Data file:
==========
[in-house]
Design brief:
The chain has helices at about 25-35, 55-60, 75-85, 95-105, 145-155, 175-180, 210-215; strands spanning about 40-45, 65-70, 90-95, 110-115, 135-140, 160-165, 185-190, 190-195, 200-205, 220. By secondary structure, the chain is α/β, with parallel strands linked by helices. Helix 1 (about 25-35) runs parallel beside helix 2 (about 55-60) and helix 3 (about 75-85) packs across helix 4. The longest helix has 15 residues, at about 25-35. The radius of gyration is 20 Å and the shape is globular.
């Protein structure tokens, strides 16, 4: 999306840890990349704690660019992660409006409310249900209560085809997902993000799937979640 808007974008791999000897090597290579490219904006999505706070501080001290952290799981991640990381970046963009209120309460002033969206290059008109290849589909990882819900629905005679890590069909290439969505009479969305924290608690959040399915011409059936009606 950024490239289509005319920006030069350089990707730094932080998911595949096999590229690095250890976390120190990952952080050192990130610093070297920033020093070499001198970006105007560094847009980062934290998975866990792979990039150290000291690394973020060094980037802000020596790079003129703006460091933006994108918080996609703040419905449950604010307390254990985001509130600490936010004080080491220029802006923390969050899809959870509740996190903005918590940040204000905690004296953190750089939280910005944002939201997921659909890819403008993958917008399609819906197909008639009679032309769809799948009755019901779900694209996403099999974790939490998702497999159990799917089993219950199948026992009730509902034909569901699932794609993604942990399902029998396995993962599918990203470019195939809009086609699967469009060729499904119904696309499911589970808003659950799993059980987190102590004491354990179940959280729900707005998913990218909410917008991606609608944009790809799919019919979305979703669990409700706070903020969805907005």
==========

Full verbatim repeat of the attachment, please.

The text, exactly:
[in-house]
Design brief:
The chain has helices at about 25-35, 55-60, 75-85, 95-105, 145-155, 175-180, 210-215; strands spanning about 40-45, 65-70, 90-95, 110-115, 135-140, 160-165, 185-190, 190-195, 200-205, 220. By secondary structure, the chain is α/β, with parallel strands linked by helices. Helix 1 (about 25-35) runs parallel beside helix 2 (about 55-60) and helix 3 (about 75-85) packs across helix 4. The longest helix has 15 residues, at about 25-35. The radius of gyration is 20 Å and the shape is globular.
């Protein structure tokens, strides 16, 4: 999306840890990349704690660019992660409006409310249900209560085809997902993000799937979640 808007974008791999000897090597290579490219904006999505706070501080001290952290799981991640990381970046963009209120309460002033969206290059008109290849589909990882819900629905005679890590069909290439969505009479969305924290608690959040399915011409059936009606 950024490239289509005319920006030069350089990707730094932080998911595949096999590229690095250890976390120190990952952080050192990130610093070297920033020093070499001198970006105007560094847009980062934290998975866990792979990039150290000291690394973020060094980037802000020596790079003129703006460091933006994108918080996609703040419905449950604010307390254990985001509130600490936010004080080491220029802006923390969050899809959870509740996190903005918590940040204000905690004296953190750089939280910005944002939201997921659909890819403008993958917008399609819906197909008639009679032309769809799948009755019901779900694209996403099999974790939490998702497999159990799917089993219950199948026992009730509902034909569901699932794609993604942990399902029998396995993962599918990203470019195939809009086609699967469009060729499904119904696309499911589970808003659950799993059980987190102590004491354990179940959280729900707005998913990218909410917008991606609608944009790809799919019919979305979703669990409700706070903020969805907005």